The effects of vaginal lubricants on sperm function: an in vitro analysis
If You're Trying to Get Pregnant, Should You Pass on Lube? - ledgeofliberty.com
Sperm friendly lubricants are important when you're trying to conceive. Using common lubricants probably won't keep you from getting pregnant, but they can lower your chances for success. Regular lubricants have been shown in research to inhibit sperm movement, cause DNA damage, and even kill sperm. Many couples who are facing infertility need to use lubricants. One reason, the stress of having sexual intercourse on a "schedule" can lower sexual desire, which in turn can lead to a woman's body producing less natural lubricant. For example, a known side effect of Clomid is vaginal dryness.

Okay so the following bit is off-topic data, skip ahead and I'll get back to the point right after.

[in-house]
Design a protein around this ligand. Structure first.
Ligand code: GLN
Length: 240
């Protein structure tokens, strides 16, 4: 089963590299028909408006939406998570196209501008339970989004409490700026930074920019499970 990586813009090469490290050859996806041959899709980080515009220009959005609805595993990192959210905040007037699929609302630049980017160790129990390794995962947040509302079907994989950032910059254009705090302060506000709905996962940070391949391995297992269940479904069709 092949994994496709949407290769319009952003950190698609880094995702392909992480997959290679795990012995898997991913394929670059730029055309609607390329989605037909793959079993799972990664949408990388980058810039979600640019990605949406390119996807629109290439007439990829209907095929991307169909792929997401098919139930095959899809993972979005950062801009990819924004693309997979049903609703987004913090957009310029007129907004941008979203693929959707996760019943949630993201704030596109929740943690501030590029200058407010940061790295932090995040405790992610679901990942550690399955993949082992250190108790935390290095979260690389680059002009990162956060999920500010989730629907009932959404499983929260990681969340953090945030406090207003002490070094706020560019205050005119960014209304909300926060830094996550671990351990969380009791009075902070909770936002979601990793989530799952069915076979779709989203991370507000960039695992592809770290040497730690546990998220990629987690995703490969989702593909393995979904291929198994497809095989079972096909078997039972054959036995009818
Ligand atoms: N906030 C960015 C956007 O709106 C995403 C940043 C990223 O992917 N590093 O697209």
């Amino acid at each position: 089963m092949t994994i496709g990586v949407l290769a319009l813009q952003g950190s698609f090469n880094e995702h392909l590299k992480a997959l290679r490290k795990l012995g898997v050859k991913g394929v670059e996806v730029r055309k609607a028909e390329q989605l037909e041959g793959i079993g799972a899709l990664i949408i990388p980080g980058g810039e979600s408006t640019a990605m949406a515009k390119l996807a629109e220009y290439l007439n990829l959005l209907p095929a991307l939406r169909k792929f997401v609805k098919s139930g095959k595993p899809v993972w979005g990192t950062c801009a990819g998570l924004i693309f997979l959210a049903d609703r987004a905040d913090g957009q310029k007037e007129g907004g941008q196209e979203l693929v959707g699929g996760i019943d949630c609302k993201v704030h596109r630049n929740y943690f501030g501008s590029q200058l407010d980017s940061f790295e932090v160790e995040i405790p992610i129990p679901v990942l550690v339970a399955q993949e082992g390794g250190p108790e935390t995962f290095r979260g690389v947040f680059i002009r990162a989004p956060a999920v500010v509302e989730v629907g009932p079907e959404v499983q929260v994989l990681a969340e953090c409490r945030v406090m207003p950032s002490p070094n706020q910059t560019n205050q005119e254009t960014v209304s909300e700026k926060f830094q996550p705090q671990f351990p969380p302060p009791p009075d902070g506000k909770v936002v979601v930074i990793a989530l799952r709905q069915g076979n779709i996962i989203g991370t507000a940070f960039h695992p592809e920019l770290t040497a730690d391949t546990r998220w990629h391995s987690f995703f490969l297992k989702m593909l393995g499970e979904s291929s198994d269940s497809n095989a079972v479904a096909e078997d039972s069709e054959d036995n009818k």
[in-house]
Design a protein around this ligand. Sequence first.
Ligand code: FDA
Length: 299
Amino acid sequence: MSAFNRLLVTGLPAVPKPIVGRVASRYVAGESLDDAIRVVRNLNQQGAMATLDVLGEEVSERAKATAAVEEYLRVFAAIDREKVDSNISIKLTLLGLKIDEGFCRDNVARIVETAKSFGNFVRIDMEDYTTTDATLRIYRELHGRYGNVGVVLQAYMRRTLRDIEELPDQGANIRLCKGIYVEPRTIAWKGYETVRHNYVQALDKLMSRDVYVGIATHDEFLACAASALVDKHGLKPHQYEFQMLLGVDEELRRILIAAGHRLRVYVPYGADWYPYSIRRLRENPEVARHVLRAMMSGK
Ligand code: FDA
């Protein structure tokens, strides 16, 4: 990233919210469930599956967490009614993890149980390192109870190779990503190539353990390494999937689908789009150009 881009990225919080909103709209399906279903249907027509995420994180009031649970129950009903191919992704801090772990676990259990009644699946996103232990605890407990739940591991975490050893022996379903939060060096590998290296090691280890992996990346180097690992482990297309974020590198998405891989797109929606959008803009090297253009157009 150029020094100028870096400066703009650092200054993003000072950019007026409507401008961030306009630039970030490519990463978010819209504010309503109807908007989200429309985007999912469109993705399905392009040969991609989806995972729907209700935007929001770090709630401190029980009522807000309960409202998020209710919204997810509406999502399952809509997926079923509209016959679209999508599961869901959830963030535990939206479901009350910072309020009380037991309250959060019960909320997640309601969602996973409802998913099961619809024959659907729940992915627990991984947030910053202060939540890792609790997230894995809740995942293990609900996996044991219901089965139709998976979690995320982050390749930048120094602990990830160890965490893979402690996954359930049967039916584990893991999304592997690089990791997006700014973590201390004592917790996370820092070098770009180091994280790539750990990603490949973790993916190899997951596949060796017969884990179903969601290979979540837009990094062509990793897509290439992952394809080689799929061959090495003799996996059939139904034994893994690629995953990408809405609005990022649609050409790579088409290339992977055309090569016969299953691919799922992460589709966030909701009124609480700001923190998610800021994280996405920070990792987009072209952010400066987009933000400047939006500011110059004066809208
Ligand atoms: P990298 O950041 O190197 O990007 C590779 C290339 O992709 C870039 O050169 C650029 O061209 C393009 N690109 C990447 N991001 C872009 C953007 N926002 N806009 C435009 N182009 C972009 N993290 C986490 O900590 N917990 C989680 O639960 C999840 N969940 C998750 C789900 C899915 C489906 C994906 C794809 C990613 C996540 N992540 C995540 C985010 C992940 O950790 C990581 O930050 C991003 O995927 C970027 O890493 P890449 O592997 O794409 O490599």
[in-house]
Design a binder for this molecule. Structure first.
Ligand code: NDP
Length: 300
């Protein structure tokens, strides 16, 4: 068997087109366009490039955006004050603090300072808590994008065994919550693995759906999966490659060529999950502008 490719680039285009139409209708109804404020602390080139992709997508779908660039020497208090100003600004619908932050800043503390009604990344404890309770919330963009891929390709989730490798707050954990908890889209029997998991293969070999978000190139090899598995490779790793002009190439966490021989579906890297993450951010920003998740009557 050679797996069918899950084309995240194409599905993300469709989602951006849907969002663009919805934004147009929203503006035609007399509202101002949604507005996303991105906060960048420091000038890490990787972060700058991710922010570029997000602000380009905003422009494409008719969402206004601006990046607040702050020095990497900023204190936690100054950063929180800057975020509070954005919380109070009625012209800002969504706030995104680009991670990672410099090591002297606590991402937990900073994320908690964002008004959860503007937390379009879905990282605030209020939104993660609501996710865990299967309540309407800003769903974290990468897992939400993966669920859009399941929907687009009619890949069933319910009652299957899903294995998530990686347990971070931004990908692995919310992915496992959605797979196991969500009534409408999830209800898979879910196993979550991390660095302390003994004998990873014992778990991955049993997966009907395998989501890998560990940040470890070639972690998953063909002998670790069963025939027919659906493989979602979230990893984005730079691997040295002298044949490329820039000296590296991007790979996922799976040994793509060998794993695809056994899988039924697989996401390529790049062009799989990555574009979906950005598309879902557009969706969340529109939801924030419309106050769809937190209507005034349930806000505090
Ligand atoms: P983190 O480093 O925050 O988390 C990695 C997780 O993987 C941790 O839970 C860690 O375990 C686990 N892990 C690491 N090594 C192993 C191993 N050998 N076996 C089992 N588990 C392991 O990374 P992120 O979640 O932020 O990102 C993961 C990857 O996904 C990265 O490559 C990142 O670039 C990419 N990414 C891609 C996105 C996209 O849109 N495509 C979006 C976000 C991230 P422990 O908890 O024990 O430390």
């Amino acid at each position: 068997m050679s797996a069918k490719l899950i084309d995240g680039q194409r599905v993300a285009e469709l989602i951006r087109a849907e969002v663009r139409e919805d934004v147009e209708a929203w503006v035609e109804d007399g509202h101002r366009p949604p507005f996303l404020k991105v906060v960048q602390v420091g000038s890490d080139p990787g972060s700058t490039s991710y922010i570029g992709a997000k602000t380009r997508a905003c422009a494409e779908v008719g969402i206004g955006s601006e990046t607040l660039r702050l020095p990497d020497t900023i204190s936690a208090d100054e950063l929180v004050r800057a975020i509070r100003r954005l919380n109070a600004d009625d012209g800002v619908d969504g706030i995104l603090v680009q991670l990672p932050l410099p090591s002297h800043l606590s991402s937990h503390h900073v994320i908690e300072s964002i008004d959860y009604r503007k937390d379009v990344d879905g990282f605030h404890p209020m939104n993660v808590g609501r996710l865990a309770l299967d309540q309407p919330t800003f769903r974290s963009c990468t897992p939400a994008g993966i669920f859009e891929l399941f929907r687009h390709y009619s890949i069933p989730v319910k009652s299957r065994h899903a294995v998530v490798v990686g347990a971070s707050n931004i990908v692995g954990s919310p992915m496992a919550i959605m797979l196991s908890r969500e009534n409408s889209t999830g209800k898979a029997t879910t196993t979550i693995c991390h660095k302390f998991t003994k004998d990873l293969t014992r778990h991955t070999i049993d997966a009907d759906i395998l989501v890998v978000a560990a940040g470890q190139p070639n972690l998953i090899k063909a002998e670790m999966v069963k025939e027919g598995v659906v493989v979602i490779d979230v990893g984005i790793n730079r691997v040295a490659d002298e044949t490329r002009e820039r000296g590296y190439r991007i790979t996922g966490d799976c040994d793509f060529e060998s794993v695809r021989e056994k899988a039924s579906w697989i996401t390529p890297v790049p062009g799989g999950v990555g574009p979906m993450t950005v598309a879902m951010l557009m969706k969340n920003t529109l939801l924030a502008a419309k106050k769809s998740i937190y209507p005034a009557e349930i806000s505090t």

If You’re Trying to Get Pregnant, Should You Pass on Lube?
Two of five commercial products Chohan investigated in the study are no longer available in stores. Food and Drug Administration approval, according to a company statement. The health products giant nonetheless advised consumers that they could continue to use already purchased tubes of the sexually suggestive gels. Couples use gels to combat vaginal dryness during intercourse.
Many others have not yet been assessed in regards to their effect on sperm function. This issue may concern couples trying to conceive both naturally and via artificial reproductive technologies ART. The aim of this research was to analyse the effects that lubricants, commonly used in the setting of natural conception and ART, have on sperm function in an in vitro setting. This was done by assessing sperm motility, vitality and DNA fragmentation following treatment with commercial lubricants or control preparations. Ten samples were obtained for the study from patients attending a fertility clinic.